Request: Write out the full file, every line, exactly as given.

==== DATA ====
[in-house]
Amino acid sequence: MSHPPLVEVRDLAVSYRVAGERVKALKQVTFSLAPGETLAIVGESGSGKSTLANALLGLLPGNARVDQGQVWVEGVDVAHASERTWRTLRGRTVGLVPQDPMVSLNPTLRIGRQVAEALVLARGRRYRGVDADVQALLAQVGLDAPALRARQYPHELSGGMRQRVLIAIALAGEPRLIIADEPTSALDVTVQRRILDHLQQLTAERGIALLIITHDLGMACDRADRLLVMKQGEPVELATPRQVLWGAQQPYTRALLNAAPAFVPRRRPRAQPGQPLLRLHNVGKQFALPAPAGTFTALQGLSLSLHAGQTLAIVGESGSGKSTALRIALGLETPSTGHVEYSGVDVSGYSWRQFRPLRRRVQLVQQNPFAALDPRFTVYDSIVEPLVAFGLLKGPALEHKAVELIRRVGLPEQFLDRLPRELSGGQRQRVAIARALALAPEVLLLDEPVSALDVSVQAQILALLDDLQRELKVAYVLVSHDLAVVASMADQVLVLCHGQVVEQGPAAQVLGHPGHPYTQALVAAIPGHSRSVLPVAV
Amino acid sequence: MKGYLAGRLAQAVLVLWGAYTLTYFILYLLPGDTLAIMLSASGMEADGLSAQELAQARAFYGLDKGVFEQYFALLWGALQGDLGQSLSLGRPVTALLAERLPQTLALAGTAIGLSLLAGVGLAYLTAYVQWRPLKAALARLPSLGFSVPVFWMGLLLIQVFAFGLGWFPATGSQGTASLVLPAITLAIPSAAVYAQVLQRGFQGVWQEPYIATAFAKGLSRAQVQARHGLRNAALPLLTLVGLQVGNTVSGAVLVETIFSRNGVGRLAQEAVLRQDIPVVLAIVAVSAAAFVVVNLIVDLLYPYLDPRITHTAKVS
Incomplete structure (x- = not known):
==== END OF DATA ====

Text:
[in-house]
Amino acid sequence: MSHPPLVEVRDLAVSYRVAGERVKALKQVTFSLAPGETLAIVGESGSGKSTLANALLGLLPGNARVDQGQVWVEGVDVAHASERTWRTLRGRTVGLVPQDPMVSLNPTLRIGRQVAEALVLARGRRYRGVDADVQALLAQVGLDAPALRARQYPHELSGGMRQRVLIAIALAGEPRLIIADEPTSALDVTVQRRILDHLQQLTAERGIALLIITHDLGMACDRADRLLVMKQGEPVELATPRQVLWGAQQPYTRALLNAAPAFVPRRRPRAQPGQPLLRLHNVGKQFALPAPAGTFTALQGLSLSLHAGQTLAIVGESGSGKSTALRIALGLETPSTGHVEYSGVDVSGYSWRQFRPLRRRVQLVQQNPFAALDPRFTVYDSIVEPLVAFGLLKGPALEHKAVELIRRVGLPEQFLDRLPRELSGGQRQRVAIARALALAPEVLLLDEPVSALDVSVQAQILALLDDLQRELKVAYVLVSHDLAVVASMADQVLVLCHGQVVEQGPAAQVLGHPGHPYTQALVAAIPGHSRSVLPVAV
Amino acid sequence: MKGYLAGRLAQAVLVLWGAYTLTYFILYLLPGDTLAIMLSASGMEADGLSAQELAQARAFYGLDKGVFEQYFALLWGALQGDLGQSLSLGRPVTALLAERLPQTLALAGTAIGLSLLAGVGLAYLTAYVQWRPLKAALARLPSLGFSVPVFWMGLLLIQVFAFGLGWFPATGSQGTASLVLPAITLAIPSAAVYAQVLQRGFQGVWQEPYIATAFAKGLSRAQVQARHGLRNAALPLLTLVGLQVGNTVSGAVLVETIFSRNGVGRLAQEAVLRQDIPVVLAIVAVSAAAFVVVNLIVDLLYPYLDPRITHTAKVS
Incomplete structure (x- = not known):